Skip to end of metadata
Go to start of metadata

This tutorial describes profiling PHP applications with PhpStorm and Zend Debugger. If you prefer using Xdebug, see Profiling PHP applications with PhpStorm and Xdebug.

Using PhpStorm, we can analyze performance of our PHP code by profiling it. Profiling allows us to gather program execution statistics such as the names of functions executed, the number of times a function has been executed, how long a function took to execute, which other functions have been called into, and so on. This information can give us a hint on where our code can be improved.

Let's see how this works.

Requirements

PhpStorm makes use of Zend Debugger to collect profiler information. This debugging engines must be installed and configured on our system. See Zend Debugger Installation Guide for more information.

1. Enabling the Zend Debugger profiler

The Zend Debugger profiler can only be enabled by specific GET/POST or COOKIE parameters. This means it is only able to profile web applications.

In order to specify the GET/POST or COOKIE parameters required on the fly (to enable or disable profiling when needed), use the PhpStorm bookmarklets (or one of the Browser Debugging Extensions) and add the Start profiler and Stop profiler bookmarklets to the web browser.

2. Capturing a profiler snapshot for web applications

To be able to analyze information captured by the profiler, we first have to collect that information. To do this, follow these steps:

  1. In PhpStorm, listen for incoming debugger connections. Use the Start Listen for PHP Debug Connections button on the toolbar or the Run | Start Listen for PHP Debug Connections menu.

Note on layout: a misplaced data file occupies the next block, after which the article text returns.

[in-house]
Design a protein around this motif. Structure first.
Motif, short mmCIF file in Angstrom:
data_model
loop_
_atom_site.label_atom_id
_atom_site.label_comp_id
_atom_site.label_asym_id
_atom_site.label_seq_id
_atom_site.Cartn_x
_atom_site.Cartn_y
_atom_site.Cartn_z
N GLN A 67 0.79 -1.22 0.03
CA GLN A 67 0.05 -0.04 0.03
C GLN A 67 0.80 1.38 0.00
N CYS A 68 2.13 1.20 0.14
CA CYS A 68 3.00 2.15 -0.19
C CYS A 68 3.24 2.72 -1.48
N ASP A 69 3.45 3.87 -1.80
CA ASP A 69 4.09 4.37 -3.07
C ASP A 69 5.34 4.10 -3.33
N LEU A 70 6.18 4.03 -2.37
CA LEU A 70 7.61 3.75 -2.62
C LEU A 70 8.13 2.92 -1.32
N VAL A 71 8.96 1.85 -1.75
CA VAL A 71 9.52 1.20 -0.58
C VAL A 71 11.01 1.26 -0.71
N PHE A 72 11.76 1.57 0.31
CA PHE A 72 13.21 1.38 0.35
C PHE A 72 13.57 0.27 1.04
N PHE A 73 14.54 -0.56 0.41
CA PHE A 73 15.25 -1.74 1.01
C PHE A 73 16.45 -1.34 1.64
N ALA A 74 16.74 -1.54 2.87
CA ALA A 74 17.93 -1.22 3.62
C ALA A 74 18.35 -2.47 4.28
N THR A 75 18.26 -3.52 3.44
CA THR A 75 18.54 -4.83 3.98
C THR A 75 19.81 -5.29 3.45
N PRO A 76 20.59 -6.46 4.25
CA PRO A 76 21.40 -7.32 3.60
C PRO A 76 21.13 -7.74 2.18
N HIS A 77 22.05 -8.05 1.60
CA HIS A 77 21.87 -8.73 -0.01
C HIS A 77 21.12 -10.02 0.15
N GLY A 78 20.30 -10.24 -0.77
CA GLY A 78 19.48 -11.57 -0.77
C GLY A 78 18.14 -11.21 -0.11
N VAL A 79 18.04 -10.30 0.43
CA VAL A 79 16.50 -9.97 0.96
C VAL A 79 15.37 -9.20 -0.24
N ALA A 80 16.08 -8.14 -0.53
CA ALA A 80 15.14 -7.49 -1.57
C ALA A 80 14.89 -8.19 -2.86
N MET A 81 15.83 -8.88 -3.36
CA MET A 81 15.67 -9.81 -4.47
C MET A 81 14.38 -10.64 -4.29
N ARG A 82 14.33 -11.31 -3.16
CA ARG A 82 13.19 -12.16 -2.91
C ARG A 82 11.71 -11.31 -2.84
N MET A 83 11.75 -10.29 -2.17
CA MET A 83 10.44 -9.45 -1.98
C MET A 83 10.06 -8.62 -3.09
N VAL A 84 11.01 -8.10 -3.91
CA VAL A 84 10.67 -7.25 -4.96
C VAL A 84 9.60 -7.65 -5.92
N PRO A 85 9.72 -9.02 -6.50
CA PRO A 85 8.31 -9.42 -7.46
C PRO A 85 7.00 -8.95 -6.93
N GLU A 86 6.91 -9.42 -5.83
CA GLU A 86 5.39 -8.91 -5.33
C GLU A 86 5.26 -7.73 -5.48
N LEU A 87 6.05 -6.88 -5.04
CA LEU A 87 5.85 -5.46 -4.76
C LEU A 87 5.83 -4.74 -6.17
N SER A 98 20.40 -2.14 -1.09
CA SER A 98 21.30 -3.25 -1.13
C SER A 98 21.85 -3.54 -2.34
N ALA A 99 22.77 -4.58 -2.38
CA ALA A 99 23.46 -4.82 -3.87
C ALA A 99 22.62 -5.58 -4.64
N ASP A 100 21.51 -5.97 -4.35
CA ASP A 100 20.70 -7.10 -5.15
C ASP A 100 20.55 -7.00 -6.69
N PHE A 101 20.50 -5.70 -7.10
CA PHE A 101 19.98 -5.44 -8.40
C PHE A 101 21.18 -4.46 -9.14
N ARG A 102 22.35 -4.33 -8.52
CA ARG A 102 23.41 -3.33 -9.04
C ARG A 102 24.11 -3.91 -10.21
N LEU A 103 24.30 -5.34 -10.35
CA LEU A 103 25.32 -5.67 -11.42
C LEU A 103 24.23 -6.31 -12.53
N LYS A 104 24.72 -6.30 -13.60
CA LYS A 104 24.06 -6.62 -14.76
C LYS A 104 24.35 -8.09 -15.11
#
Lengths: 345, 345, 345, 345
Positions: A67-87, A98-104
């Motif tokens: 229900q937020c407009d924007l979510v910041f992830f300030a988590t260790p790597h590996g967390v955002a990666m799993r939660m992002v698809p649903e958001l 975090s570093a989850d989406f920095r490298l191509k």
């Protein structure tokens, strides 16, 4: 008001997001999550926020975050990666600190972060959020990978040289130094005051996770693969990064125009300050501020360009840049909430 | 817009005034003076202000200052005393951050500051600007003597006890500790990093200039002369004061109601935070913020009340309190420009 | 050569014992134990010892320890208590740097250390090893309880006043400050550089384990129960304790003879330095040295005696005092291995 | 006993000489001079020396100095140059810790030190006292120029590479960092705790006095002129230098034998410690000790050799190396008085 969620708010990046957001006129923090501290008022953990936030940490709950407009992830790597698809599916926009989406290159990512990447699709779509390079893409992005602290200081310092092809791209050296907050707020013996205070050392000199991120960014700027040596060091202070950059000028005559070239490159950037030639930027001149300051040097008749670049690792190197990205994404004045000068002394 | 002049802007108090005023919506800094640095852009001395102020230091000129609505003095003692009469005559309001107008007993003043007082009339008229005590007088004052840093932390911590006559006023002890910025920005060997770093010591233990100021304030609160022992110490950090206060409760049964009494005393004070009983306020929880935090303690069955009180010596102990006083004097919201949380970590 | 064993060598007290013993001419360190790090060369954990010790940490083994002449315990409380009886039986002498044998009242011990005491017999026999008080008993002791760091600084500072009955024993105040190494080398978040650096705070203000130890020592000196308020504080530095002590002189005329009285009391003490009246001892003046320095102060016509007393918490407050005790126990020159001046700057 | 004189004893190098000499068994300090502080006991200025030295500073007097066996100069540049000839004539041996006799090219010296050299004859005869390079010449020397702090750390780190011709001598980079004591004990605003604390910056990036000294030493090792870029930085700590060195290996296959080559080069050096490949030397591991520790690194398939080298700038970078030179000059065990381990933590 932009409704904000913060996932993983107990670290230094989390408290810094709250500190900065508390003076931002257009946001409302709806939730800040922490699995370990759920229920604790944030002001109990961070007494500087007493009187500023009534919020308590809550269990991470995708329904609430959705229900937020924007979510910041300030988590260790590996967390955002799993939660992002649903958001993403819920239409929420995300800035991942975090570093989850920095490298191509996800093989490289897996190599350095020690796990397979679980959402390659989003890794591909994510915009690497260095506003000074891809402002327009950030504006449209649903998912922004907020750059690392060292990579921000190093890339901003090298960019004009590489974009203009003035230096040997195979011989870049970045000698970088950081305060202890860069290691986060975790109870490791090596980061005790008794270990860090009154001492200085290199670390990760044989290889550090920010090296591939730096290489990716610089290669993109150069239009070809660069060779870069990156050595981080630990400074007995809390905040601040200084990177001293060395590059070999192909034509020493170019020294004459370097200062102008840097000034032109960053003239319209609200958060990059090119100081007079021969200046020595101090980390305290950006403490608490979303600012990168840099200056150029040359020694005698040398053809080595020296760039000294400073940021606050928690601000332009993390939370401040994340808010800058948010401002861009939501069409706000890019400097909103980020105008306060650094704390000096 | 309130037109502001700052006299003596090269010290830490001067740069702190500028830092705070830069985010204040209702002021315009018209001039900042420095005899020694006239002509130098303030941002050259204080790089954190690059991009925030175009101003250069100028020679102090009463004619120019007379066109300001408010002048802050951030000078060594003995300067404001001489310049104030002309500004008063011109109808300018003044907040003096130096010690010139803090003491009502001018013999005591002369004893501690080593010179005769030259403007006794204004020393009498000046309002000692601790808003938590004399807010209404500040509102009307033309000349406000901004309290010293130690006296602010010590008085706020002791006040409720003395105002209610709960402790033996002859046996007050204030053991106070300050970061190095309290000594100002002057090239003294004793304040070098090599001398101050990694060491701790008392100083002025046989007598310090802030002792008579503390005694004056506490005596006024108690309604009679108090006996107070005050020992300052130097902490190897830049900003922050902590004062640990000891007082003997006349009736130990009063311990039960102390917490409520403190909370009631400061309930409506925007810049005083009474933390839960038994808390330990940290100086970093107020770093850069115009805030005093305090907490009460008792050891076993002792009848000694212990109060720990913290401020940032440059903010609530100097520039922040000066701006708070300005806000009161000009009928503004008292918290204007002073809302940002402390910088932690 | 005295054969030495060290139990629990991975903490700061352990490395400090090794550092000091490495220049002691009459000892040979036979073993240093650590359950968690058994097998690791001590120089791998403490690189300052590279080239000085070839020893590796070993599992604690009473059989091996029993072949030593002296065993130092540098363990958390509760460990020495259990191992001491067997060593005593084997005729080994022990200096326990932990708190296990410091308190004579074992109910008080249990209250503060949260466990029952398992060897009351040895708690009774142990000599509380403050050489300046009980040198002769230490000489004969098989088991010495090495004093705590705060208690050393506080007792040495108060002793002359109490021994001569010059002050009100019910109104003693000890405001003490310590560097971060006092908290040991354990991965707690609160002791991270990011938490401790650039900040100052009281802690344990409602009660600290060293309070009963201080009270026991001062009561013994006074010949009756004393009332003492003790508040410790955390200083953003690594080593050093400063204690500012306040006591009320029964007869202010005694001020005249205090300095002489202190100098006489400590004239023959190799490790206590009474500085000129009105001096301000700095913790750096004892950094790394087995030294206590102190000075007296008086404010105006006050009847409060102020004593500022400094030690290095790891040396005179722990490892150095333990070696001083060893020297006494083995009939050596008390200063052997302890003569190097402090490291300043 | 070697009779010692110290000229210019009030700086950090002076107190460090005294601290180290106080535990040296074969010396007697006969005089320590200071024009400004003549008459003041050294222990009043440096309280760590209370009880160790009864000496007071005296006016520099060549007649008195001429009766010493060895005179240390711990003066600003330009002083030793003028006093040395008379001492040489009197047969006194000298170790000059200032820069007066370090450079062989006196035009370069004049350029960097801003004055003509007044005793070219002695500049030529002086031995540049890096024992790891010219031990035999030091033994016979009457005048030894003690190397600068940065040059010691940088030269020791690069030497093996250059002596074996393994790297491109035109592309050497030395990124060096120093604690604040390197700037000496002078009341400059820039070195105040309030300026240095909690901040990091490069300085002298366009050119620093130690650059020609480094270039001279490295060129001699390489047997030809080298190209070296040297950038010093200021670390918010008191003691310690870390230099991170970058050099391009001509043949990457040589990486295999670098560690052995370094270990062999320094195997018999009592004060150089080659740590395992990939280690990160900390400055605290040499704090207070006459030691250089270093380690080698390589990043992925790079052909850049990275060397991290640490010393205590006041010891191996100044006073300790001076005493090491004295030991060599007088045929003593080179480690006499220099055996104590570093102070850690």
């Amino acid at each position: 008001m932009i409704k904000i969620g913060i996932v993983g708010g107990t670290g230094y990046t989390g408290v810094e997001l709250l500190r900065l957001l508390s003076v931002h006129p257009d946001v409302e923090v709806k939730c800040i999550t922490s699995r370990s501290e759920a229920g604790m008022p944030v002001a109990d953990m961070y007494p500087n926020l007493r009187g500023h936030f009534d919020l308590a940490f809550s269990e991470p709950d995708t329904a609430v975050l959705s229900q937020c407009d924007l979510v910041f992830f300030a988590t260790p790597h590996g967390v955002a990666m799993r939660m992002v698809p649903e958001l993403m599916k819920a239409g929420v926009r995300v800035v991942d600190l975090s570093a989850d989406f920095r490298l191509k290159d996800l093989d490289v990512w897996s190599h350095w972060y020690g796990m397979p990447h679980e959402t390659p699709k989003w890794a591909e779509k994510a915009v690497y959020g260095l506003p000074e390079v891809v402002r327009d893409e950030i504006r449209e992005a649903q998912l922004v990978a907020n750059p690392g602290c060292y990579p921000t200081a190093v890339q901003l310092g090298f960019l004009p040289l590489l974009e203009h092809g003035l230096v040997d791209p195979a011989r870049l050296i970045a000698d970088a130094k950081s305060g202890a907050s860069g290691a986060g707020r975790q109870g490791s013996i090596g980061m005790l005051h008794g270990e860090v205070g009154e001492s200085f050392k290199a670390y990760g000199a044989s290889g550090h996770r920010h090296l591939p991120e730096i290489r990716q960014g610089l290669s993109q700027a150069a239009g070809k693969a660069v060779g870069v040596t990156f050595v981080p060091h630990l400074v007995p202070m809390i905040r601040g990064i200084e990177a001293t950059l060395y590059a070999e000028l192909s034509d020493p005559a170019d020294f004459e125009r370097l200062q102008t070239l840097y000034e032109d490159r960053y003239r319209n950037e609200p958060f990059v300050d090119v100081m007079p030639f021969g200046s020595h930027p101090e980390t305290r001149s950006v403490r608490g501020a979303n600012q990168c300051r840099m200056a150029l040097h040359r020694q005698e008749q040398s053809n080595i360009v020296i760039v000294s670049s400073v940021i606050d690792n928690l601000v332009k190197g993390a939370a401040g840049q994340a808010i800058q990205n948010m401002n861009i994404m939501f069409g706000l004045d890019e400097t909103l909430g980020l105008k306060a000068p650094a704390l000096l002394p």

2. Open the application in a browser and make use of the Start profiler bookmarklet.
  3. Refresh the application or navigate to a different script within the application.
  4. PhpStorm will notify of an Incoming Connection from Zend Debugger. Accept the connection to capture profiler information for the current request.

When analyzing a performance issue, use the Start profiler bookmarklet or Browser Debugging Extension wisely. We can navigate through our application and only enable the profiler when using the feature in which a performance issue is occurring. This allows for capturing a targeted profiler snapshot.

3. Analyzing a profiler snapshot

When profiling using Zend Debugger, PhpStorm will automatically open the profiler snapshot for the current HTTP request. Let's go over the different tabs.

3.1. Execution Statistics tab

In the Execution Statistics view, we can examine the summary information about execution metrics of every called function. We can see all files, function calls, the number of times they have been called, and the time (absolute and relative) they took to execute.

The top grid shows us different metrics:

  • Callable - the file that has been executed
  • Time - the total execution time
  • Own Time - the amount of time the function spent executing its own code (excluding calls to other functions)
  • Calls - the number of calls

The bottom grid has two tabs, Callees (which functions the script calls into) and Callers (from where the script is called). We can see various metrics here as well:

  • Callable - the function that has been executed
  • Time - the total execution time
  • Calls - the number of calls

Functions with high own times and/or large number of calls are definitely worth inspecting.

3.2. Call tree tab

The Call Tree view shows us the execution paths of our code. We can see more details about function execution times and so on.

The top grid shows us call trees (which function calls into which function) and different metrics:

  • Callable - the file that has been executed
  • Time - the total execution time
  • Calls - the number of calls

The bottom grid has two tabs, Callees (which functions are being called) and Callers (from where the function is called). We can see various metrics here as well:

  • Callable - the function that has been executed
  • Time - the total execution time
  • Calls - the number of calls

Labels:
None
Enter labels to add to this page:
Please wait 
Looking for a label? Just start typing.